Motherboard:  GIGABYTE GA-M59SLI-S5 ($164) GIGABYTE GA-M57SLI-S4 ($120) MSI K9N Platinum ($100) - When building a new PC, I usually choose the motherboard first.  It forms the foundation of the PC, selecting a good board will save you time and money in the long run.  I stay away from budget and overclocking boards; stability is a must in a HTPC.  When I built my current PC, the selection of Core 2 Duo boards was terrible so AM2 might not be the best price/feature/performance selection right now, but it was then.  Things I look for are gigabit ethernet, firewire, digital audio outs on the board (not through a riser card), and lots of slots, both PCI and PCI-E.  This board is passively cooled, so make sure you have a good case fan(s) in the back.  This board has two big advantages over the boards I had before.  The first, and most important, is that it does Dolby Digital Live encoding; a feature that made me hang onto my Nforce 2 based board far past it's prime.  And the second is that it uses a heat pipe to connect to a heat sink right under the exhaust fans in my case, which has made a huge difference in the system temp.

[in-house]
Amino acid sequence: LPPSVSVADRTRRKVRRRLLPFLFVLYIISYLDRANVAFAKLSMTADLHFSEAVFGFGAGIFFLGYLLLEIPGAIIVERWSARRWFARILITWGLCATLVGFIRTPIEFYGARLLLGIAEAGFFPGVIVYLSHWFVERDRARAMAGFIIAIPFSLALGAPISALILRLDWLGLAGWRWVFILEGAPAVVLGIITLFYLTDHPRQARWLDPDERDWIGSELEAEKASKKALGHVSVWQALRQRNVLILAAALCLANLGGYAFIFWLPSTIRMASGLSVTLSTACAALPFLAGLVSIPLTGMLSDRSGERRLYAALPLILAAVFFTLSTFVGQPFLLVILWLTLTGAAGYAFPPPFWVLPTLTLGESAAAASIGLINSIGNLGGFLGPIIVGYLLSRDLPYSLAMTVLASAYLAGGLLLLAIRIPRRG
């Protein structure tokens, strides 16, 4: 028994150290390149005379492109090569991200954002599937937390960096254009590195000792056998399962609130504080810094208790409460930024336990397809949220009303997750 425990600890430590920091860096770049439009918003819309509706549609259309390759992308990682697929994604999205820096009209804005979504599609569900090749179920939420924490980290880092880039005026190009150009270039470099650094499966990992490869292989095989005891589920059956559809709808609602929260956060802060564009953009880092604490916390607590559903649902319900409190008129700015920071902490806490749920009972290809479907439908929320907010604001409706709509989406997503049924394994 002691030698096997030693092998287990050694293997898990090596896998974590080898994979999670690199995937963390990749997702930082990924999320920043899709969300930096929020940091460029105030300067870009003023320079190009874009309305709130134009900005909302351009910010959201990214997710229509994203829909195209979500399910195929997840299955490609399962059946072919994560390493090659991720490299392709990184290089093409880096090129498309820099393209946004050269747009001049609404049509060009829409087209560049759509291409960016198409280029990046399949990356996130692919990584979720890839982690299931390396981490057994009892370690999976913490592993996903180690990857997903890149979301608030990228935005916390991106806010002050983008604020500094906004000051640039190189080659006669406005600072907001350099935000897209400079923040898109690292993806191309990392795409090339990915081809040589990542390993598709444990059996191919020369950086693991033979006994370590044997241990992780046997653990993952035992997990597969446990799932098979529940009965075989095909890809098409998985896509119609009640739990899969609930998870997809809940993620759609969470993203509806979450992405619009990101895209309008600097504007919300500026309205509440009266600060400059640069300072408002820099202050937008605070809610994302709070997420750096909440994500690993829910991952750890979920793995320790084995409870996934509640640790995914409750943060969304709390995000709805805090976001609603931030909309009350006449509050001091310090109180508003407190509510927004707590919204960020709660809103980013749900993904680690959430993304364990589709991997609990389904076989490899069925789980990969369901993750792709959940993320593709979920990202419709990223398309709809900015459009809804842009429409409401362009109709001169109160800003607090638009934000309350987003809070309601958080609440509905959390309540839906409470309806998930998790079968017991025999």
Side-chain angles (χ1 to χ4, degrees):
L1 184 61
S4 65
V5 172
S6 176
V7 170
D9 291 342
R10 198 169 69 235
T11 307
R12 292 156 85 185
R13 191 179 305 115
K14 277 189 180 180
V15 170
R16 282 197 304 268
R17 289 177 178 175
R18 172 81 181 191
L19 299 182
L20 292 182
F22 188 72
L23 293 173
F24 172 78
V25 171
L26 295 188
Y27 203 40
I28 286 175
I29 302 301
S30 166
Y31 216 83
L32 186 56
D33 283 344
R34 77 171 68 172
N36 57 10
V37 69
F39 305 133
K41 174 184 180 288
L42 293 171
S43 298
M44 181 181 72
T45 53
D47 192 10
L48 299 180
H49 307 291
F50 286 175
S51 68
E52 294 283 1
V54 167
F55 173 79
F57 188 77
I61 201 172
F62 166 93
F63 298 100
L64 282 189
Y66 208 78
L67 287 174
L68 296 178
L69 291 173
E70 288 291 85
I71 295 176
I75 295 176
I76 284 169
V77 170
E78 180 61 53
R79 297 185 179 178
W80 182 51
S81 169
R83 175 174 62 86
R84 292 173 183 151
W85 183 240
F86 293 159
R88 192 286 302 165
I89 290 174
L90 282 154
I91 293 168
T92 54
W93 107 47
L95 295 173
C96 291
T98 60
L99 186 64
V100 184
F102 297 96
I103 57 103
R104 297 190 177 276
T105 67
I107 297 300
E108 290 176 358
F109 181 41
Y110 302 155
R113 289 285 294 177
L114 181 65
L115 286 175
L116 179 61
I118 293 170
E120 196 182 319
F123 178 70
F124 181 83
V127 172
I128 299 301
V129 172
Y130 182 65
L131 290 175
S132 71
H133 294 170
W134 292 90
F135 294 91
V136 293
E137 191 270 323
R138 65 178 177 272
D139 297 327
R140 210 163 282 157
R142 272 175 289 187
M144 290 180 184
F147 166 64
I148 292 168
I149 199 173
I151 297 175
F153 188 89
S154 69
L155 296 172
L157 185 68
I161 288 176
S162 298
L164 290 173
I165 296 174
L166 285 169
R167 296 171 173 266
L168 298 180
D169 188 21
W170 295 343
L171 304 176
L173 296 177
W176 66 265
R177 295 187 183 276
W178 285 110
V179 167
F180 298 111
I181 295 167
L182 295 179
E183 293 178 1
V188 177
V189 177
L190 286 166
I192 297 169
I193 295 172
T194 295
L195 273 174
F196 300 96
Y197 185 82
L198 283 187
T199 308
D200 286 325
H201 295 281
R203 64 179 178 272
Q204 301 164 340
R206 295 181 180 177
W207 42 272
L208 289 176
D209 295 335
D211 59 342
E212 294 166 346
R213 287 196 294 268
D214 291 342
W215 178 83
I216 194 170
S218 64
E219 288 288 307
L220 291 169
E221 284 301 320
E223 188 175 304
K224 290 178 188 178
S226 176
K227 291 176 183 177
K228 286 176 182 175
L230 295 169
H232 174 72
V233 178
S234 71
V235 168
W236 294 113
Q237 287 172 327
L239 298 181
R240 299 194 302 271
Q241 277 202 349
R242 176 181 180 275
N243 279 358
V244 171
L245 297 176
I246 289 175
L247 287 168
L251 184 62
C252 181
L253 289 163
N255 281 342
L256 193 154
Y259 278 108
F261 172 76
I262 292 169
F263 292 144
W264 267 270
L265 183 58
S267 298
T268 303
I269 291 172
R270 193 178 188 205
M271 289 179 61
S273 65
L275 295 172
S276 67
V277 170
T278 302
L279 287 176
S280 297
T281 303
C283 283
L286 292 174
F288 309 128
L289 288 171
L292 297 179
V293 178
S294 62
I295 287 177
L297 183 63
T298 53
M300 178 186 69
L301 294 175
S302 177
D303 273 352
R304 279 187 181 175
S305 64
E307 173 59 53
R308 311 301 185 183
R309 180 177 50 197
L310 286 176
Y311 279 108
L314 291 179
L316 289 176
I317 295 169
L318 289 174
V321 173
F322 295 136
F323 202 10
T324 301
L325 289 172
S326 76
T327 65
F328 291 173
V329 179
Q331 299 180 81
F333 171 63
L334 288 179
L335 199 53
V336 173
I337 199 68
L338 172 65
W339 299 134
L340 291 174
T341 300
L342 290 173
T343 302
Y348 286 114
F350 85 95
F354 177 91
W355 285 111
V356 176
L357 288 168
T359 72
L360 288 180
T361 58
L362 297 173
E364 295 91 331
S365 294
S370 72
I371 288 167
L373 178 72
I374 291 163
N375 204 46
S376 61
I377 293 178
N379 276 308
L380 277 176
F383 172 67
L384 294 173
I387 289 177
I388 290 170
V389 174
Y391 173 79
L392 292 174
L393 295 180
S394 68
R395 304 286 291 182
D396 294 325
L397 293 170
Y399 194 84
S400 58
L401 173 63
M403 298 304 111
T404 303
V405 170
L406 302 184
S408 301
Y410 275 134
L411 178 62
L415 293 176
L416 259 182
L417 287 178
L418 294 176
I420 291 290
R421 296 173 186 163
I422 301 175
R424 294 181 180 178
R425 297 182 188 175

CPU: AMD X2 4200+ (65 Watt) AM2 ($169) - Get two cores, video conversion is multi-threaded; scanning for commercials on one core, recording, playback, etc on the other; you won't regret it.  Intel and AMD both have excellent choices across the budget spectrum.  The AM2 chips are cool, fast, and available in low power models.  Ultimately, make the chip choice based on the motherboard you select, but it's hard to go wrong with any modern (i.e. don't get a P4) dual core cpu.  If you don't need to go over the 4200, get the 65 Watt model, it's just as fast but much cooler; remember that heat is your enemy as heat equals noise.

    HSF (Heatsink and Fan): Retail HSF ($0) - I wish it was quieter, but it's not loud enough for me to do anything about it.